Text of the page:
Warning: Use of undefined constant add_shortcode - assumed 'add_shortcode' (this will throw an Error in a future version of PHP) in /nfs/c03/h02/mnt/49321/domains/hackingtheuniverse.com/html/wp-content/plugins/stray-quotes/stray_quotes.php on line 615

Warning: Use of undefined constant MSW_WPFM_FILE - assumed 'MSW_WPFM_FILE' (this will throw an Error in a future version of PHP) in /nfs/c03/h02/mnt/49321/domains/hackingtheuniverse.com/html/wp-content/plugins/wordpress-file-monitor/wordpress-file-monitor.php on line 39
OODA Loops

OODA Loops

Background – OODA loops are an abstract description of the flow involved in conflict cycles, as described by Col. John Boyd of the US Air Force. He developed the theory while flying fighter planes in dog fights, but later generalized it to apply to any form of conflict. OODA stands for Observe, Orient, Decide, Act.

  • Observe – collect information about what is happening around you
  • Orient – make sense of the information you have collected, fit it into a framework that accurately describes the situation
  • Decide – using the situational awareness developed by the first two steps, reach a decision on your next action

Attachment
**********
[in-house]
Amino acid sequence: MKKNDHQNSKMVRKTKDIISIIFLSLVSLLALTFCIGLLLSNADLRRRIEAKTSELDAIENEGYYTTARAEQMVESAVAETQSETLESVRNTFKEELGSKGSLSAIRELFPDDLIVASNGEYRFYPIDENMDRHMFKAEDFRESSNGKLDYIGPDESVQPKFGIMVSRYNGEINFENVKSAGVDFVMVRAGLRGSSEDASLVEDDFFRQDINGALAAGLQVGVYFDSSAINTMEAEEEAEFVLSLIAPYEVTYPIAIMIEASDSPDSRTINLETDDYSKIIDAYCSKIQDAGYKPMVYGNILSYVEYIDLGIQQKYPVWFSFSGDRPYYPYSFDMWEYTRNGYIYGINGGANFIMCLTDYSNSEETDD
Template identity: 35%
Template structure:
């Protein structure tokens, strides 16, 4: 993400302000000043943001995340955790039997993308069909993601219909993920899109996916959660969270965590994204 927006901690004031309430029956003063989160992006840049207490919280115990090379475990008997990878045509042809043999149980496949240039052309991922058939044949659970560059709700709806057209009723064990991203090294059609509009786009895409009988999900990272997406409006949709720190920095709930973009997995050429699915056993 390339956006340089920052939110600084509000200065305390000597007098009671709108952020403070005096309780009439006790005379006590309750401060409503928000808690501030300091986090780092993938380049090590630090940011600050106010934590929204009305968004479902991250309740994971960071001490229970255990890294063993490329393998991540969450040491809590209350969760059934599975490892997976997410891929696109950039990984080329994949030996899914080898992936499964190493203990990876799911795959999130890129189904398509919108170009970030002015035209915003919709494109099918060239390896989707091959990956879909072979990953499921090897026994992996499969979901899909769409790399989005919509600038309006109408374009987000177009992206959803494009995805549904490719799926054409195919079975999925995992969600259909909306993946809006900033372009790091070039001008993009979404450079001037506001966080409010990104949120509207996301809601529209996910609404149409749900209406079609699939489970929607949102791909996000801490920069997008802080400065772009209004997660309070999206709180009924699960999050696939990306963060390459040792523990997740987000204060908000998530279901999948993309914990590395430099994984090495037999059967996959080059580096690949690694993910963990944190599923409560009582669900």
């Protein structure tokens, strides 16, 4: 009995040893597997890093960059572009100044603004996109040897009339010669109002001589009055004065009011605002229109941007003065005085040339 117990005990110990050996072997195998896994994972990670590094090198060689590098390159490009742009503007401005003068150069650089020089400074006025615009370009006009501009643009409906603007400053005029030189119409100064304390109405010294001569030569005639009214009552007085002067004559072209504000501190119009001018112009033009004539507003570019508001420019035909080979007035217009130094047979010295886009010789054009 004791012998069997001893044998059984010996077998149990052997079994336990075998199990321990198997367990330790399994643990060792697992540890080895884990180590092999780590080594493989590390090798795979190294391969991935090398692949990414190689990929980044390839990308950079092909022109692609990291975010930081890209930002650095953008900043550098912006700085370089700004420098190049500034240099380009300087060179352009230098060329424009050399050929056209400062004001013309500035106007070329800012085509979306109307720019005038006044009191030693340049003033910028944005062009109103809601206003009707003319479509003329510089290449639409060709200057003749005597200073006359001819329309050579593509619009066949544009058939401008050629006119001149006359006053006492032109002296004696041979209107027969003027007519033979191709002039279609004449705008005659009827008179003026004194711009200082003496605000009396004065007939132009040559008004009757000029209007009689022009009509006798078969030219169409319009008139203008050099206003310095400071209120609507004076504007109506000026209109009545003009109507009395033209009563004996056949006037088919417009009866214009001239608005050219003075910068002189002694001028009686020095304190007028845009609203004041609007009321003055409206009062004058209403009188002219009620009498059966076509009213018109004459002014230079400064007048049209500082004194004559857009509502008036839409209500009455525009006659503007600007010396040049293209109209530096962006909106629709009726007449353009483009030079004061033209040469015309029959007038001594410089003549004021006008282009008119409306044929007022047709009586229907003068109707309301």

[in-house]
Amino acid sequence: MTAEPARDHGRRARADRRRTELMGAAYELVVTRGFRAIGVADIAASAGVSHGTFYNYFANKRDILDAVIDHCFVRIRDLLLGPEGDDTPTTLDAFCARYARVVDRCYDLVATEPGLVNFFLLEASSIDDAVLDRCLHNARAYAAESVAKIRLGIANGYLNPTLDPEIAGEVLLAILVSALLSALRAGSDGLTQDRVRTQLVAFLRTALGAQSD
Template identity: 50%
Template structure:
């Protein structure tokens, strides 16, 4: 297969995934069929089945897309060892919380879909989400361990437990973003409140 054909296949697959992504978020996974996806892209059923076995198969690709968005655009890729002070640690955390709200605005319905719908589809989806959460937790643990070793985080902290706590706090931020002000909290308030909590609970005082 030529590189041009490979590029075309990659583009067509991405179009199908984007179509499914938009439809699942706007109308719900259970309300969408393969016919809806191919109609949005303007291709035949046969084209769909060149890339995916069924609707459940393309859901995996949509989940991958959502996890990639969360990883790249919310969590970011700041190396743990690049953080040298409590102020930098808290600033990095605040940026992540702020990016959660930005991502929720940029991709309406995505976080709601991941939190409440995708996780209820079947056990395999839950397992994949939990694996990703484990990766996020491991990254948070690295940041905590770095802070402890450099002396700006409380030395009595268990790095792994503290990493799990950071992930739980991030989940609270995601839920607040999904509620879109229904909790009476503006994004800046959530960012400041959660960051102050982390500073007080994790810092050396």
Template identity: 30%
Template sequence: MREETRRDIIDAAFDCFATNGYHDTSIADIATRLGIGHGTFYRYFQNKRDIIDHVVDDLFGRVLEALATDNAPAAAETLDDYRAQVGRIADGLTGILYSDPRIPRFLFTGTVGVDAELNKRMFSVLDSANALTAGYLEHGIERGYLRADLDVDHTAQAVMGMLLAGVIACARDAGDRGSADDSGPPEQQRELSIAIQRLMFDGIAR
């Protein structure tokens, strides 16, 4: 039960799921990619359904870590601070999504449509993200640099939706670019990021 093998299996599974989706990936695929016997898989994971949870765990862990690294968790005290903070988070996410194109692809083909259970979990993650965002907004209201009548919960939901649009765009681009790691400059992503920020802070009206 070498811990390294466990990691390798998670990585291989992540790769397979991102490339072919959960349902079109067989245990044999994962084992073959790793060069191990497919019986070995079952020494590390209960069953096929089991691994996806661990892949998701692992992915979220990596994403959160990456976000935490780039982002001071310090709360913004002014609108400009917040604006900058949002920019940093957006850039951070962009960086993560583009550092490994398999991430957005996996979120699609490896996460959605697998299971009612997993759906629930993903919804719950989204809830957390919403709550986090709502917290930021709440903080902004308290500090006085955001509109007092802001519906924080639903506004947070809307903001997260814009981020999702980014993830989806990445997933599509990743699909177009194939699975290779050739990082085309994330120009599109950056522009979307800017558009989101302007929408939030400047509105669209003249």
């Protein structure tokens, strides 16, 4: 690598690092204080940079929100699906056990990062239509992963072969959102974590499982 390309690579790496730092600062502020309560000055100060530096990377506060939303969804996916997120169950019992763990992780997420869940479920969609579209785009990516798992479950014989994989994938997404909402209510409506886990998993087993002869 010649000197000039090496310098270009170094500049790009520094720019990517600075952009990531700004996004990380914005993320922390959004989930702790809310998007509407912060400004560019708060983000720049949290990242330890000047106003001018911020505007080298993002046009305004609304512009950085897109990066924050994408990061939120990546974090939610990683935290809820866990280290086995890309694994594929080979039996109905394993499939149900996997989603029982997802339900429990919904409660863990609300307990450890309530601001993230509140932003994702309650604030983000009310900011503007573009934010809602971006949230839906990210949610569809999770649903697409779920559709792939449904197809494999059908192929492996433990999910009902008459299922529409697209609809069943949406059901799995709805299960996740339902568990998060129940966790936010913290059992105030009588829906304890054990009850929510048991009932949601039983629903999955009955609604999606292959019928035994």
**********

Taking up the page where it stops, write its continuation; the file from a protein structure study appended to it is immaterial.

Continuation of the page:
• Act – execute the action plan developed above

This is a somewhat obvious and simple description of conflict cycles, but Boyd put an emphasis on the speed at which both opponents cycle through the steps. In classical aerial dog-fighting, the main goal was to get “inside” your opponents’ loop, meaning to anticipate his next turn and cut off the angle or turn inside him to get a clear shot at him. If you could observe and orient faster than your opponent, you would get more opportunities to shoot and eventually win the fight. The same cycle applies to a defensive position where the primary goal is evasion. If you can twist and turn faster than your opponent can OODA in reaction, you can deny him the opportunity to shoot at you and eventually turn the tables to take an offensive position.

Taken to more abstract levels, this theory can be applied to many different forms of conflict, including information warfare. Hackers can take advantage of target knowledge that includes anticipating how the target will react to certain stimulus and use that to their advantage. They can also use an estimated reaction speed to help make tactical decisions in their planning.

Leave a Reply

You must be logged in to post a comment.